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Workplace Software and Skills

15.4 Microsoft Excel and Microsoft PowerPoint Integration

Workplace Software and Skills15.4 Microsoft Excel and Microsoft PowerPoint Integration

Learning Objectives

By the end of this section, you will be able to:

  • Add PowerPoint slides to Excel worksheets
  • Incorporate Excel worksheets into PowerPoint slides
  • Integrate Excel charts into PowerPoint slides

WorldCorp shares information in a variety of ways and with multiple audiences. Integrating Excel and PowerPoint data is simply another way of presenting information to others in a streamlined format, often eliminating the need for sending multiple files. For example, you may need to share some key financial data with an external stakeholder, but you only wish to share some of that data as well as provide some context for it. A PowerPoint presentation that includes Excel charts and data tables can be a useful and visually interesting way of sharing this type of information. Using many of the same approaches covered in earlier sections, integrating Excel and PowerPoint is quite simple.

Add Microsoft PowerPoint Slides to Microsoft Excel Worksheets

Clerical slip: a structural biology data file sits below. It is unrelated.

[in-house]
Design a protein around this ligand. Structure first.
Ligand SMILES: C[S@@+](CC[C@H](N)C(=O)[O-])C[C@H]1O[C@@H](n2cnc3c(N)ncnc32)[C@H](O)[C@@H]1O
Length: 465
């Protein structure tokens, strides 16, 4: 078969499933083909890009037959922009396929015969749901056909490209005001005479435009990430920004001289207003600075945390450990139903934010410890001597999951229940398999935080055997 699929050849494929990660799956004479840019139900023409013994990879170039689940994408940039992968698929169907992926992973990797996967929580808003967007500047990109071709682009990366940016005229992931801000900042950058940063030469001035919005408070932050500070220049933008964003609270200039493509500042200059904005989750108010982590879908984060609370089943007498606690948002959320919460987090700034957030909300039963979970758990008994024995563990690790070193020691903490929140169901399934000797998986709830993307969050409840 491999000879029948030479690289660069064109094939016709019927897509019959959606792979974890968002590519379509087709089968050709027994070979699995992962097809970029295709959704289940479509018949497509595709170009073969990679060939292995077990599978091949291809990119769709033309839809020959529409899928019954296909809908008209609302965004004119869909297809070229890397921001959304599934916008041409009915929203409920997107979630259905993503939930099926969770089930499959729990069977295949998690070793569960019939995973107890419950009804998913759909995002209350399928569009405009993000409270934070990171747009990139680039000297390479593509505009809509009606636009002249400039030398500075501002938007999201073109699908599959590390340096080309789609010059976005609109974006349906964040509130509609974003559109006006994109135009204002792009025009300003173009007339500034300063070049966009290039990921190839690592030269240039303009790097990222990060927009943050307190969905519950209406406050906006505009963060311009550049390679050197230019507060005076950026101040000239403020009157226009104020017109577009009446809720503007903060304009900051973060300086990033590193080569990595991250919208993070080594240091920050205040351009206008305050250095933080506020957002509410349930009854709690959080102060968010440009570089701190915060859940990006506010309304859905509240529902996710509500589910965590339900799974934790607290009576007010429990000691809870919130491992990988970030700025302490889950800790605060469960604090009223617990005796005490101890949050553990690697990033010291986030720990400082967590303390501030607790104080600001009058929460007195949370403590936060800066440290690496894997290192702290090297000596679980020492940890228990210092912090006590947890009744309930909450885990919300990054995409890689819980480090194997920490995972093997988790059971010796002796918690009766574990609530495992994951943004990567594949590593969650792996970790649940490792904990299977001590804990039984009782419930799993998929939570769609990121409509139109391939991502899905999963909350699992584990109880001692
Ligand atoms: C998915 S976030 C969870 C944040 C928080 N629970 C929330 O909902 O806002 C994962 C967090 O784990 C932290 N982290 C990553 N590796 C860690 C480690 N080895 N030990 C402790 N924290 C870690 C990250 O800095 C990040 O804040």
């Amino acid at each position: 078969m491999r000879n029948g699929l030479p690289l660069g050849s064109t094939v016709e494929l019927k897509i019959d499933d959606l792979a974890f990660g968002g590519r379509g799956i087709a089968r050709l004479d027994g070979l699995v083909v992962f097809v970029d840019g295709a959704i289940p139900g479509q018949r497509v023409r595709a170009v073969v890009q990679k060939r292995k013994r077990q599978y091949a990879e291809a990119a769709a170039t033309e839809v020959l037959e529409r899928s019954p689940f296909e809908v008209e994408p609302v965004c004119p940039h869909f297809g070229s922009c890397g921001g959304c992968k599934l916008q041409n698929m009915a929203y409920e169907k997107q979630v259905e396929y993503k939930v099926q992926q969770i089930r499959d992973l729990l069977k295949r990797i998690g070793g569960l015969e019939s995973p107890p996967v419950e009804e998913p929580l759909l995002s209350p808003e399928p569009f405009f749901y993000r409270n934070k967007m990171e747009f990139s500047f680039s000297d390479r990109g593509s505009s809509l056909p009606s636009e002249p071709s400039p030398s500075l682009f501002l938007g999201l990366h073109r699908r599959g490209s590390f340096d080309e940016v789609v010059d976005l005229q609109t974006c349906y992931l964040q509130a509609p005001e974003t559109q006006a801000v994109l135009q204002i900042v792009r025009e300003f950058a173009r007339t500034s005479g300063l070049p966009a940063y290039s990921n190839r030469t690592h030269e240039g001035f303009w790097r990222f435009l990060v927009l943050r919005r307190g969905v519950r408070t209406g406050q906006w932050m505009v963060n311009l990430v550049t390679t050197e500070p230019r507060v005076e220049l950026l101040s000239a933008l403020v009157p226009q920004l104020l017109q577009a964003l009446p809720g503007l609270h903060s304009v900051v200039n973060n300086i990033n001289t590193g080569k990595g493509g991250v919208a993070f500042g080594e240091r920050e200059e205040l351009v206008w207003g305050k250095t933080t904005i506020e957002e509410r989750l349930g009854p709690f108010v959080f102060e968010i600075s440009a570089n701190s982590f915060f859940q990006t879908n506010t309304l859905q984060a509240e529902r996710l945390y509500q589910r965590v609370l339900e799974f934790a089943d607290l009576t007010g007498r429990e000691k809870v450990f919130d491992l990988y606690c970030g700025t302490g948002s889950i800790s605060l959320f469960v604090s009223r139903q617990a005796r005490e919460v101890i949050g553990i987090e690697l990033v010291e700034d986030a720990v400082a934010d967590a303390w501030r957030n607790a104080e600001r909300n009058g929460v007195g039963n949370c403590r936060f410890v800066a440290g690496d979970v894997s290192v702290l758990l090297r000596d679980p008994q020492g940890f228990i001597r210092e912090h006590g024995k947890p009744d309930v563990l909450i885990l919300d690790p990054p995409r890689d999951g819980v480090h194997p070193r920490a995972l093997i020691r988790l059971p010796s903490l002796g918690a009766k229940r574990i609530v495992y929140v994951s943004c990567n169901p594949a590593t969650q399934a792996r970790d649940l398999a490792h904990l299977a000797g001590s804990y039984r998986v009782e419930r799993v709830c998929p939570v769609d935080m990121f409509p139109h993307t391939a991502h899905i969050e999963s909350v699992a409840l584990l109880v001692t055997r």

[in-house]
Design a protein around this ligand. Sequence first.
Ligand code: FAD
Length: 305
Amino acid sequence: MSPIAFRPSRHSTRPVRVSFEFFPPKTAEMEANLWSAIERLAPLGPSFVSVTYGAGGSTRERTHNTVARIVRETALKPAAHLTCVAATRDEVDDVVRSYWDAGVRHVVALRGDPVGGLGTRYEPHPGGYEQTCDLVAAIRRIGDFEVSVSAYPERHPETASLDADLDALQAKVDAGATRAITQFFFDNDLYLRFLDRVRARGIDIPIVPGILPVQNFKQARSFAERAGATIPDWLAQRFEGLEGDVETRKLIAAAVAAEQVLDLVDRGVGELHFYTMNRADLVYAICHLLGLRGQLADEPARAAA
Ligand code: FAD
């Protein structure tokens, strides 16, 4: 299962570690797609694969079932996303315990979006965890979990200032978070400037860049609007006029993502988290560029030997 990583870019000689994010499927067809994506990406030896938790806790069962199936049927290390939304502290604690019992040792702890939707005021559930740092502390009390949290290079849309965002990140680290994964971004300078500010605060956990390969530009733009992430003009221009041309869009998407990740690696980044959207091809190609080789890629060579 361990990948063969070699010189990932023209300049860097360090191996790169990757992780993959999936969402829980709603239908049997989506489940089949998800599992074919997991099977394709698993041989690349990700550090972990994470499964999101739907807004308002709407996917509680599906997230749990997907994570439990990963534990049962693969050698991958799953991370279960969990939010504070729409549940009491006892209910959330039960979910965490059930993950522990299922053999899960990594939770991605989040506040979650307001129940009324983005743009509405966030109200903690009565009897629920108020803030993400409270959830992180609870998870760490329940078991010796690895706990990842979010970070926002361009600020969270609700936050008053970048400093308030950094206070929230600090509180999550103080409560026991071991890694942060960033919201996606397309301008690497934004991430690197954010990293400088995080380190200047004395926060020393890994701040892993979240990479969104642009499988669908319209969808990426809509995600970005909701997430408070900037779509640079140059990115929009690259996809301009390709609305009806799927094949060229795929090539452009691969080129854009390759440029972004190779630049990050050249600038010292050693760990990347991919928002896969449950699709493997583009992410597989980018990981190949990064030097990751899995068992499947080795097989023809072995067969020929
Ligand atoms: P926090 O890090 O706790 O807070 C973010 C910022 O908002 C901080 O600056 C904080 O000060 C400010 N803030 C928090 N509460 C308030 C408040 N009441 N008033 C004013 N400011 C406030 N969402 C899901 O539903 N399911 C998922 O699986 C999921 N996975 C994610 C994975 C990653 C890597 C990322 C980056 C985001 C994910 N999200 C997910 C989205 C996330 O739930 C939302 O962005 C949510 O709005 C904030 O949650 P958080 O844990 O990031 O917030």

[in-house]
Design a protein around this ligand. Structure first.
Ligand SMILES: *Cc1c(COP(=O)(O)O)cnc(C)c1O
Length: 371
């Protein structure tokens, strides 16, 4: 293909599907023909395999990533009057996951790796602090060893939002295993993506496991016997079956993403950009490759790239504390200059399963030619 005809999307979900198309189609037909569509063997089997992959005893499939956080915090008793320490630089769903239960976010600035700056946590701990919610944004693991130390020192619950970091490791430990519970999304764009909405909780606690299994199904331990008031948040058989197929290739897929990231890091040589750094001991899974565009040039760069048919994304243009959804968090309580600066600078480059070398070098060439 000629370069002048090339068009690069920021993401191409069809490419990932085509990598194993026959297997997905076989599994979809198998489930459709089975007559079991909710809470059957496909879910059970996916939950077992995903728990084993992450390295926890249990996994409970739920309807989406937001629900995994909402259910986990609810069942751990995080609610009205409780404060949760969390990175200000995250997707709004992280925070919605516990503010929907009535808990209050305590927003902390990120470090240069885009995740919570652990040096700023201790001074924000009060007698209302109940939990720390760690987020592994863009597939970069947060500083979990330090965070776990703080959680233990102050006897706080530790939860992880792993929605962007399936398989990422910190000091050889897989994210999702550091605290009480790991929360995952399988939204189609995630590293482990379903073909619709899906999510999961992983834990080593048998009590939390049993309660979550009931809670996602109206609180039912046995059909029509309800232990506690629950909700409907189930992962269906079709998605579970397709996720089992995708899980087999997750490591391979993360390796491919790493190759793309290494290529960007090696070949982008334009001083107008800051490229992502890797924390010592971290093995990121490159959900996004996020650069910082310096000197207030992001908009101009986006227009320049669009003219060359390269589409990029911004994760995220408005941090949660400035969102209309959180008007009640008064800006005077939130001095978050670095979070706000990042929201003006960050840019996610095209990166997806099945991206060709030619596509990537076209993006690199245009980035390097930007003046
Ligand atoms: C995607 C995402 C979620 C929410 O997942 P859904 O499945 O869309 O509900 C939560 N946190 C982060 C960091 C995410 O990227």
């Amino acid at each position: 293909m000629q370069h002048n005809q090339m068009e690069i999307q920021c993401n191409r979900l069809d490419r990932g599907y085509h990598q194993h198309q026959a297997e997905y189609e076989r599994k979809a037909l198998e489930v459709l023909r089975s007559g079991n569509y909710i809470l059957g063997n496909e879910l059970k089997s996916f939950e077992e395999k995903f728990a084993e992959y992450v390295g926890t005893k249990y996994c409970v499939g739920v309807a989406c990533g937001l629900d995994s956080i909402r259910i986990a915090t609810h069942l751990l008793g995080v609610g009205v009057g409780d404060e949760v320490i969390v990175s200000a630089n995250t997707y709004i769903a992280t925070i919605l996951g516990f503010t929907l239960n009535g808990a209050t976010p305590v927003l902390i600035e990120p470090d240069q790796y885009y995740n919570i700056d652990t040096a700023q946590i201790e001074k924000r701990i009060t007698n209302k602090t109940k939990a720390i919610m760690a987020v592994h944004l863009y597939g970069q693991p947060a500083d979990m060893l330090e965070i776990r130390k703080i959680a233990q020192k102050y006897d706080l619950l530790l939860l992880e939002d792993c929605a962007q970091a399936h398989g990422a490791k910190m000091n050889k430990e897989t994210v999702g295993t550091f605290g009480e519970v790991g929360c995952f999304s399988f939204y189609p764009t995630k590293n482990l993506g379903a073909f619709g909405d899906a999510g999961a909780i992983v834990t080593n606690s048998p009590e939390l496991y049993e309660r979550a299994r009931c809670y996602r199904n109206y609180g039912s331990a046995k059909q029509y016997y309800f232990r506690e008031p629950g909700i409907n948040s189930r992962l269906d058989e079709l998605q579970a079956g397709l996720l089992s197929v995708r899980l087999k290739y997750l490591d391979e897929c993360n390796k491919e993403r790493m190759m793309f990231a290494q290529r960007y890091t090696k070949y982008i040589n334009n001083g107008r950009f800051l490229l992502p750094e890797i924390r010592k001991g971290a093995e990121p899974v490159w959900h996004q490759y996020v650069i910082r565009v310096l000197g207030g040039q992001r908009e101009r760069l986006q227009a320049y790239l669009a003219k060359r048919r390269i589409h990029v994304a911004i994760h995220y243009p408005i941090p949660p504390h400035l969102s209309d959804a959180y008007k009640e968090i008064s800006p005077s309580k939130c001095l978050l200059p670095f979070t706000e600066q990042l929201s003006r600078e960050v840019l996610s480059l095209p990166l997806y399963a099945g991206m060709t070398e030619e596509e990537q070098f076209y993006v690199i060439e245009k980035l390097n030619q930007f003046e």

The accounting department at WorldCorp has prepared a summary of recent transactions and saved that information in an Excel file. They also created a short PowerPoint presentation to explain the data and analysis. A formal meeting will not be held, but the department felt that including the presentation as part of the spreadsheet would be helpful when distributing the information to other departments. The presentation and Excel files have been created, but now we need to integrate the presentation into the Excel file so that it can be distributed to others.

The workbook is arranged into three sheets, with the first sheet being a brief summary of the data (Figure 15.40). We will integrate the PowerPoint file on the summary sheet. The first step is to select a cell where the slides will be integrated into Excel. We selected cell F1.

Cell E1 displays text: Link to presentation. Cell F1 is selected.
Figure 15.40 It is helpful to include a statement indicating that the presentation is linked. This helps users understand what they are looking at. (Used with permission from Microsoft)

As with other applications, you can either embed or link the file in Excel. Be aware that embedding the slideshow file, which makes it a part of the Excel file, can increase the size of the file considerably, especially if your presentation includes many graphics. You should have no problems sharing such a file via OneDrive, but you may experience some challenges if you need to email the large file to others, as some email systems restrict the size of files you can attach and send. Instead, you may want to choose linking, which simply establishes the connection between the two files. Let’s link the PowerPoint to our Excel file and display it as an icon rather than an image of the first slide in the slideshow.

We follow a similar path as in previous examples: Insert tab, then Text command group, then Object (Figure 15.41).